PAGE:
AMD says that their upcoming AGESA 220.127.116.11 firmware for the AMD Ryzen will enhance memory overclocking and compability, and will bring virtualization-related features.
AGESA is an acronym that stands for "AMD Generic Encapsulated System Architecture." The AGESA is responsible for initializing AMD x86-64 processors during boot time, acting as something of a "nucleus" for the BIOS for your motherboard. Motherboard vendors take the core capabilities of our AGESA updates and build on them with their own "secret sauce" to create the BIOS files you download and flash. Today, the BIOS files for AMD AM4 motherboards are largely based on AGESA version 18.104.22.168.
AMD has began beta testing a new AGESA (v22.214.171.124) that is largely focused on aiding the stability of overclocked DRAM (>DDR4-2667). Testing has begun transitioning into release candidate and/or production BIOSes for you to download. Depending on the QA/testing practices of your motherboard vendor, full BIOSes based on this code could be available for your AM4 motherboard starting in mid to late June. Some customers may already be in luck, however, as there are motherboards-like the Gigabyte GA-AX370-Gaming5 and ASUS Crosshair VI-that already have public betas.
If you're the kind of user that just needs virtualization, then AGESA 126.96.36.199-based firmware will bring fresh support for PCI Express Access Control Services (ACS). ACS primarily enables support for manual assignment of PCIe graphics cards within logical containers called "IOMMU groups." The hardware resources of an IOMMU group can then be dedicated to a virtual machine.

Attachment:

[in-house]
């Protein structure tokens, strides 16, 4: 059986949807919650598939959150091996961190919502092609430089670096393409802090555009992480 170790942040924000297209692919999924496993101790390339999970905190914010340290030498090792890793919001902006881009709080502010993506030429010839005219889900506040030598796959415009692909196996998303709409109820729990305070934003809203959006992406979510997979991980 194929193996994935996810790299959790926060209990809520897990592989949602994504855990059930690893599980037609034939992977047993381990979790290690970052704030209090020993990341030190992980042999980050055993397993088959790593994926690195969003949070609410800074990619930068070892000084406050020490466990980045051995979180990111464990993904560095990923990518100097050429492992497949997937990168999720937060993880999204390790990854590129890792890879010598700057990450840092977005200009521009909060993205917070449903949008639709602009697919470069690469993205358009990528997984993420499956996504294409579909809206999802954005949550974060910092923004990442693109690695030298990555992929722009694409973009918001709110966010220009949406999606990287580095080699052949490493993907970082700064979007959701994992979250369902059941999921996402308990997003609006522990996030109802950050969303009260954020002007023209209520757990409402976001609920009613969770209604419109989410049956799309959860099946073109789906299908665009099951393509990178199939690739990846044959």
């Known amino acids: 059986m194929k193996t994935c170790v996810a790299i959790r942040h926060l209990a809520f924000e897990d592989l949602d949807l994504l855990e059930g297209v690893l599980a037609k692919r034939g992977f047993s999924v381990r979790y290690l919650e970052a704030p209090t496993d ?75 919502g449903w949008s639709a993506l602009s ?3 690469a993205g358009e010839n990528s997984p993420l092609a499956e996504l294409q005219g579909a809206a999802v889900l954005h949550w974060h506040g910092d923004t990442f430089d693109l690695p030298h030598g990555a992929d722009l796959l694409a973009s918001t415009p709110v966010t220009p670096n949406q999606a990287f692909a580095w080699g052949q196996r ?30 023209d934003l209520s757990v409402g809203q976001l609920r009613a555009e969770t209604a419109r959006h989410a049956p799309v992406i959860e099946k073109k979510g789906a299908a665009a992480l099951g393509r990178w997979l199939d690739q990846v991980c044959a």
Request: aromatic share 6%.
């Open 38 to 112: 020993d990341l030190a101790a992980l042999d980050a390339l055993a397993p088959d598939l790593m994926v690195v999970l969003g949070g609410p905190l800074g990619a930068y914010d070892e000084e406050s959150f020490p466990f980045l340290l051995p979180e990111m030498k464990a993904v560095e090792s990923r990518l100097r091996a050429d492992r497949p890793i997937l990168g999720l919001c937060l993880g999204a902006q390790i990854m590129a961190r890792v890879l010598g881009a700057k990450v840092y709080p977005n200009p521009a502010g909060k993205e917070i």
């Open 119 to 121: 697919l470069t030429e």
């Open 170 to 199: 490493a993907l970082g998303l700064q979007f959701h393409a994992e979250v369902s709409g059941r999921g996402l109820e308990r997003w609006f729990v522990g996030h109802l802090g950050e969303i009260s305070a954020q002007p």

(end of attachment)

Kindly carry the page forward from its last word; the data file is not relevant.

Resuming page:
This capability is useful for users that want 3D-accelerated graphics inside a virtual machine. With ACS support, it is possible to split a 2-GPU system such that a host Linux OS and a Windows VM both have a dedicated graphics cards. The virtual machine can access all the capabilities of the dedicated GPU, and run games inside the virtual machine at near-native performance.
Most importantly, AGESA 188.8.131.52 officially adds 26 new parameters that can improve the compatibility and reliability of DRAM, especially for memory that does not follow the industry-standard JEDEC specifications (e.g. faster than 2667, manual overclocking, or XMP2 profiles).
The AM4 platform has so far been effectively limited to memory speeds of DDR4-3200. Not only that, but the supported range of options from DDR4-1866 to DDR4-3200 was in large 266MT/s increments. With AGESA 184.108.40.206, memory frequencies have not only been expanded all the way up to DDR4-4000, but between DDR4-2667 and DDR4-4000 the increments have been reduced to 133MT/s. This mean that more memory kits will be able to be run at their rated speed and also reduces the high-speed memory gap that the AM4 platform had with Intel's mainstream LGA1151 platform.
The update also unlocks new memory timings. Up until now, only five primary memory timings have been adjustable and there wasn't even a command rate option, which was natively locked to the most aggressive 1T setting. All of this should help improve overclocking and compatibility with DDR4 memory kits that have been engineered with Intel platforms in mind.